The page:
LONDON: The UK-based stores chain Tesco today agreed with French international rival Carrefour to swap stores in countries where they have low market share.
Under the deal, Britain’s leading retailer will hand over six stores and two sites in Taiwan to Carrefour. It will also pay £39 million to the French group. The value of the exchange, including debt and equity, would total approximately £130 million.
For Tesco, parting with the Taiwan assets means effectively exiting from Taiwan where it lacked “critical size” and had been struggling to get a foothold, a spokesman said. The British retailer had similarly exited from France in 1997.
In exchange for the Tesco assets and the sum, Carrefour will part with its 11 outlets in the Czech Republic and four in Slovakia.
Both the retailers have an overseas presence with Carrefour ranked as the world’s second largest stores chain after US-based Wal-Mart. Lagging far behind, Tesco still makes 20 percent of its revenues from its stores in China, Malaysia, South Korea and Thailand.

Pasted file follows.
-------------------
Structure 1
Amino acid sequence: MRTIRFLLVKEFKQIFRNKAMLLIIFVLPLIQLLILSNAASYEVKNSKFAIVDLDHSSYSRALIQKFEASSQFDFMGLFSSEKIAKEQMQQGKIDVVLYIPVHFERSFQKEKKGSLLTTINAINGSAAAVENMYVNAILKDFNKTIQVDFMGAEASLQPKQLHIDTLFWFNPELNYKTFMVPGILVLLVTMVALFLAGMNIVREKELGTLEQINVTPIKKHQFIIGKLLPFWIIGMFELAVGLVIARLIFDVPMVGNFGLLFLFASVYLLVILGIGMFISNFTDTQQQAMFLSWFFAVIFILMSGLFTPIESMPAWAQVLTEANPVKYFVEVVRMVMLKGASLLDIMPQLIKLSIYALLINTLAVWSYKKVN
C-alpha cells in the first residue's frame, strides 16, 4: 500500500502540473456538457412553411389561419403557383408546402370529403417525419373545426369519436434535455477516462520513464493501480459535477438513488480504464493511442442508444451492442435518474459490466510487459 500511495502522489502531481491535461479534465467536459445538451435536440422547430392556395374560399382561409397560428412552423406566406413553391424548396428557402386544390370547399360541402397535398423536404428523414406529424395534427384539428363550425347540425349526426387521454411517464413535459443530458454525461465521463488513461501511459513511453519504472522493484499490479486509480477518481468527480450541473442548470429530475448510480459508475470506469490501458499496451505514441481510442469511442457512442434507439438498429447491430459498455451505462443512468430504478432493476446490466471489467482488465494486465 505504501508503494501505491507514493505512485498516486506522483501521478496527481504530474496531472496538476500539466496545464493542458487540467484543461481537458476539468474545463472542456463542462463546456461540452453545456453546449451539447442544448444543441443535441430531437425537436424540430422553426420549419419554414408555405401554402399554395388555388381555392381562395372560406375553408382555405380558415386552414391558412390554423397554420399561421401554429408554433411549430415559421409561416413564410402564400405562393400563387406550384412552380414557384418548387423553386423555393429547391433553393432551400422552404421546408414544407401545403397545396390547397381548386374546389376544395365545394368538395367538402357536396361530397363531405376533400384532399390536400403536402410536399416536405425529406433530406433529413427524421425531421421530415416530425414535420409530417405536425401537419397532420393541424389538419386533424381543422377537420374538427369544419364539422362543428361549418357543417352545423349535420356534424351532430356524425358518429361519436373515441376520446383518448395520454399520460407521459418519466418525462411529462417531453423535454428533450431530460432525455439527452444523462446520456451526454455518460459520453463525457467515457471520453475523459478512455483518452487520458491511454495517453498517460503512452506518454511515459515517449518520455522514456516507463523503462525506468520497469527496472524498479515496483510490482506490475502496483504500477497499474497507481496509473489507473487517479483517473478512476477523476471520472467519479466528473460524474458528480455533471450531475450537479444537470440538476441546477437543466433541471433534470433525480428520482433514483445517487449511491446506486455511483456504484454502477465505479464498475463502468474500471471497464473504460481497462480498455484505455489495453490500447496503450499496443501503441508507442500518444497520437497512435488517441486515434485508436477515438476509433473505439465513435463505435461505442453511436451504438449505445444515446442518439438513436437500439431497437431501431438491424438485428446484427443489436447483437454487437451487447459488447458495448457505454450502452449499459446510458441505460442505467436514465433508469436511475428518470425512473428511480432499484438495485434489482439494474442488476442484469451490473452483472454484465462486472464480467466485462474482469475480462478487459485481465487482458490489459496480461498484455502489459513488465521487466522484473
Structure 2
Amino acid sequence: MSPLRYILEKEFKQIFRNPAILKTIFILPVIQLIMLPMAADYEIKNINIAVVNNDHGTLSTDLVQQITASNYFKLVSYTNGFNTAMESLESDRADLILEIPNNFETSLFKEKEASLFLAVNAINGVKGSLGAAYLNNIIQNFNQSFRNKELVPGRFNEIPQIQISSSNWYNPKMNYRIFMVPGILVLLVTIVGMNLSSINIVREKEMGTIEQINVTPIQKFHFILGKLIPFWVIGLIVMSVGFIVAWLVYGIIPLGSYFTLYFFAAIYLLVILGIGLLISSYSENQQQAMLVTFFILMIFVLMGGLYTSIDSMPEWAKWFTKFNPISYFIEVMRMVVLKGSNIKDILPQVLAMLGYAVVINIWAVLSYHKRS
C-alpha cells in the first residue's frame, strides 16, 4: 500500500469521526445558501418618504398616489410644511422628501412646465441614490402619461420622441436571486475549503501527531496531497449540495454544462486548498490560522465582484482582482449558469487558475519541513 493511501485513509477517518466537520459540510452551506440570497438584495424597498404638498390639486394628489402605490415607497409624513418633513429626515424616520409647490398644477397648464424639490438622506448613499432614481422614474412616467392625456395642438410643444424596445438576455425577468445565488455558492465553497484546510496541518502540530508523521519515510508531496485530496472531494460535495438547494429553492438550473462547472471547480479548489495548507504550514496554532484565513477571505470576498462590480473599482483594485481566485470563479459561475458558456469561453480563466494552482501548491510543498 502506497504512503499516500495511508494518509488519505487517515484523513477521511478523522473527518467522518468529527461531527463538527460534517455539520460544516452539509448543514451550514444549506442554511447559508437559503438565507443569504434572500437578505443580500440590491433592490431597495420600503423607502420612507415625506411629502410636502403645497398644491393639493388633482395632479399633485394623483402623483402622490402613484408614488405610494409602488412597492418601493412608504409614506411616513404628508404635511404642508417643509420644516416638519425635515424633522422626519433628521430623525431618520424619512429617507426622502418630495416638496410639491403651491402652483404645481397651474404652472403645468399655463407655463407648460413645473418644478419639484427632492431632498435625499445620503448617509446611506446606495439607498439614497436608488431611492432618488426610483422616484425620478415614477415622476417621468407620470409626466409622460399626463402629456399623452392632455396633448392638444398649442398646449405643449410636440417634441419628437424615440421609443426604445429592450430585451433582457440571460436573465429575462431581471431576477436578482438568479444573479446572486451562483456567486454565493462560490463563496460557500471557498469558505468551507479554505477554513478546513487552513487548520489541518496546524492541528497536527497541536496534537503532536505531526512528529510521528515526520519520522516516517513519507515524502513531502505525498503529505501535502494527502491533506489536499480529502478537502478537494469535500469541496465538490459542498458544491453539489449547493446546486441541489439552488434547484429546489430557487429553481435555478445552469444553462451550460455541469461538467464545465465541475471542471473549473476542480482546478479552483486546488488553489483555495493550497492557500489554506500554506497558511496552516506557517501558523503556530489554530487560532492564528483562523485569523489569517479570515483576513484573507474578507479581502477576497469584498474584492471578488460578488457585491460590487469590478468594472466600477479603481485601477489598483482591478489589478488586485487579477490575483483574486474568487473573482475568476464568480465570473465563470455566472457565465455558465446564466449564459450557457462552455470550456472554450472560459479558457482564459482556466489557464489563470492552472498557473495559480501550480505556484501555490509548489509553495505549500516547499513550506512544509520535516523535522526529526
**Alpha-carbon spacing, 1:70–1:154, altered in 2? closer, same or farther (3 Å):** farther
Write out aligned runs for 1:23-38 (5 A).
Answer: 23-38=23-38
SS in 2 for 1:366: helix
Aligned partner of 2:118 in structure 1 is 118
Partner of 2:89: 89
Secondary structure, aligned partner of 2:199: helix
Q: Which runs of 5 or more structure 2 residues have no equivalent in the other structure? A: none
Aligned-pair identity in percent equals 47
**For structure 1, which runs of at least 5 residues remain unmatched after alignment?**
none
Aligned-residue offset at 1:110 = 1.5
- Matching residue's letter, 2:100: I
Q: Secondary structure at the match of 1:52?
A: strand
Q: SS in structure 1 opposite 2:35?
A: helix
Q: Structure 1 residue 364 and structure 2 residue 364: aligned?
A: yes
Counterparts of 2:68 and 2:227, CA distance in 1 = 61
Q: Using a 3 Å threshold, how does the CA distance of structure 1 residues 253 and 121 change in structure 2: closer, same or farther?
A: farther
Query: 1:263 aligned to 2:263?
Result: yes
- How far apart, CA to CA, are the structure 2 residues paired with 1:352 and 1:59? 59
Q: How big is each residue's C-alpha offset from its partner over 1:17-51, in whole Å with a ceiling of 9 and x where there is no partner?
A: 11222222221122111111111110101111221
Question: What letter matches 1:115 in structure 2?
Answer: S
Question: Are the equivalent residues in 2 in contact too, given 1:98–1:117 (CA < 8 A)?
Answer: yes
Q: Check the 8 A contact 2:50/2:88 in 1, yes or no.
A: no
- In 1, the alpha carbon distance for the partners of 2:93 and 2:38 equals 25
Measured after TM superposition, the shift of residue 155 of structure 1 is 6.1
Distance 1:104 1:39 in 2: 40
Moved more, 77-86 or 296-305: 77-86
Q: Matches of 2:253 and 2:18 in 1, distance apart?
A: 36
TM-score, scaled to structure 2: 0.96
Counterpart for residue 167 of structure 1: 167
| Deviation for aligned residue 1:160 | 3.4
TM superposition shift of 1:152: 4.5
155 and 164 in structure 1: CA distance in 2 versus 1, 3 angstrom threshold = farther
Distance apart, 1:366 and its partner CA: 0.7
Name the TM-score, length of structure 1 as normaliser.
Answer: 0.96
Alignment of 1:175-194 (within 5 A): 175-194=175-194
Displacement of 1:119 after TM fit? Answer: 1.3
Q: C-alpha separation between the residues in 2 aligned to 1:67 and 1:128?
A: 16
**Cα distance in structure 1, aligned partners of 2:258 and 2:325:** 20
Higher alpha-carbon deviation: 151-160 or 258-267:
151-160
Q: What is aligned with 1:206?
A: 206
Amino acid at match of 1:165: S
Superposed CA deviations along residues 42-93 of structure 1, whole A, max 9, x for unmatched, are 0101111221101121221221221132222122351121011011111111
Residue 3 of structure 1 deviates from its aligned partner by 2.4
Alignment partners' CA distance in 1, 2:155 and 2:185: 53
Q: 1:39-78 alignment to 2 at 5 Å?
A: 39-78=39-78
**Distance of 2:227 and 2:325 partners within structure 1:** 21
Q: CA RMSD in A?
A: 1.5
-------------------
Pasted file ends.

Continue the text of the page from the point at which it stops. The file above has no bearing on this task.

With Carrefour’s Czech and Slovak stores, Tesco will be able to further strengthen its position in Eastern Europe. The store believes these regions to be highly competitive and offering good scope for growth.
Tesco is believed to have made “significant investment” in price cuts in its stores in these two countries during the last 12 months. It runs 25 stores in the Czech Republic and 30 in Slovakia and now plans a multi-format approach to widen the revenue scope. It will open hypermarkets, compact supermarkets and stores offering both food and non-food merchandise as part of the plan.